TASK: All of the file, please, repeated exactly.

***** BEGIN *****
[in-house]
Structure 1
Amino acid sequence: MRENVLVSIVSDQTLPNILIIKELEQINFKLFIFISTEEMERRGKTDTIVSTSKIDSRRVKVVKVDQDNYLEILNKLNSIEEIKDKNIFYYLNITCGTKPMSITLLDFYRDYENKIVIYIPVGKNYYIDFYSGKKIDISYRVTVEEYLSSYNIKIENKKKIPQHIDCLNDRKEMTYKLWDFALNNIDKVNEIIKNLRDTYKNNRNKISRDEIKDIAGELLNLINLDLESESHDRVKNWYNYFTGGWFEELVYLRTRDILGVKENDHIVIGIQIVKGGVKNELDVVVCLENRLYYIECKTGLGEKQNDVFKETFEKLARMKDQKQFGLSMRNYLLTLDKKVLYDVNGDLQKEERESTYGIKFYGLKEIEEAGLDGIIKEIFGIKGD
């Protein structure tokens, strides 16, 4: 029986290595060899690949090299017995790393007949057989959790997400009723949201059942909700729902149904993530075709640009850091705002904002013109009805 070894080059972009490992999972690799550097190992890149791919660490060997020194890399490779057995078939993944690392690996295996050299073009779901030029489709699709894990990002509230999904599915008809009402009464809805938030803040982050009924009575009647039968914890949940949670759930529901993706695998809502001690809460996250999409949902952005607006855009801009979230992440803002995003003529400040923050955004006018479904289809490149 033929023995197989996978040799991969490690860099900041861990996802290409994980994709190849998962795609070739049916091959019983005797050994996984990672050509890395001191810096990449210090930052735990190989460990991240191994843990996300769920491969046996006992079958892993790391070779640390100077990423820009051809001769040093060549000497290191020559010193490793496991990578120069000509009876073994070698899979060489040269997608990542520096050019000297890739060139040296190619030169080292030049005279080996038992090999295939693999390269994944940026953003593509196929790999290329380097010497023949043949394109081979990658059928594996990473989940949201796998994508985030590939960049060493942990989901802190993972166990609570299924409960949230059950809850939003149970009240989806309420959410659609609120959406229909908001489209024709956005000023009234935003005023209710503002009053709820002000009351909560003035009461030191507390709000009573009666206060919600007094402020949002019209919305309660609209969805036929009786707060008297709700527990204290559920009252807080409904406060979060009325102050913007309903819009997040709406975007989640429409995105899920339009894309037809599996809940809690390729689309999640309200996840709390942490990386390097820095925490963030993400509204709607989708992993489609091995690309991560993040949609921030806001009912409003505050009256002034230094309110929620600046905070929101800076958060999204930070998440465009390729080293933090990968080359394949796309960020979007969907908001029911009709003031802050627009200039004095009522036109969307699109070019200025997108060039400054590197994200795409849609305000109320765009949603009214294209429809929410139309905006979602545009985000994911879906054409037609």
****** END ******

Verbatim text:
[in-house]
Structure 1
Amino acid sequence: MRENVLVSIVSDQTLPNILIIKELEQINFKLFIFISTEEMERRGKTDTIVSTSKIDSRRVKVVKVDQDNYLEILNKLNSIEEIKDKNIFYYLNITCGTKPMSITLLDFYRDYENKIVIYIPVGKNYYIDFYSGKKIDISYRVTVEEYLSSYNIKIENKKKIPQHIDCLNDRKEMTYKLWDFALNNIDKVNEIIKNLRDTYKNNRNKISRDEIKDIAGELLNLINLDLESESHDRVKNWYNYFTGGWFEELVYLRTRDILGVKENDHIVIGIQIVKGGVKNELDVVVCLENRLYYIECKTGLGEKQNDVFKETFEKLARMKDQKQFGLSMRNYLLTLDKKVLYDVNGDLQKEERESTYGIKFYGLKEIEEAGLDGIIKEIFGIKGD
């Protein structure tokens, strides 16, 4: 029986290595060899690949090299017995790393007949057989959790997400009723949201059942909700729902149904993530075709640009850091705002904002013109009805 070894080059972009490992999972690799550097190992890149791919660490060997020194890399490779057995078939993944690392690996295996050299073009779901030029489709699709894990990002509230999904599915008809009402009464809805938030803040982050009924009575009647039968914890949940949670759930529901993706695998809502001690809460996250999409949902952005607006855009801009979230992440803002995003003529400040923050955004006018479904289809490149 033929023995197989996978040799991969490690860099900041861990996802290409994980994709190849998962795609070739049916091959019983005797050994996984990672050509890395001191810096990449210090930052735990190989460990991240191994843990996300769920491969046996006992079958892993790391070779640390100077990423820009051809001769040093060549000497290191020559010193490793496991990578120069000509009876073994070698899979060489040269997608990542520096050019000297890739060139040296190619030169080292030049005279080996038992090999295939693999390269994944940026953003593509196929790999290329380097010497023949043949394109081979990658059928594996990473989940949201796998994508985030590939960049060493942990989901802190993972166990609570299924409960949230059950809850939003149970009240989806309420959410659609609120959406229909908001489209024709956005000023009234935003005023209710503002009053709820002000009351909560003035009461030191507390709000009573009666206060919600007094402020949002019209919305309660609209969805036929009786707060008297709700527990204290559920009252807080409904406060979060009325102050913007309903819009997040709406975007989640429409995105899920339009894309037809599996809940809690390729689309999640309200996840709390942490990386390097820095925490963030993400509204709607989708992993489609091995690309991560993040949609921030806001009912409003505050009256002034230094309110929620600046905070929101800076958060999204930070998440465009390729080293933090990968080359394949796309960020979007969907908001029911009709003031802050627009200039004095009522036109969307699109070019200025997108060039400054590197994200795409849609305000109320765009949603009214294209429809929410139309905006979602545009985000994911879906054409037609």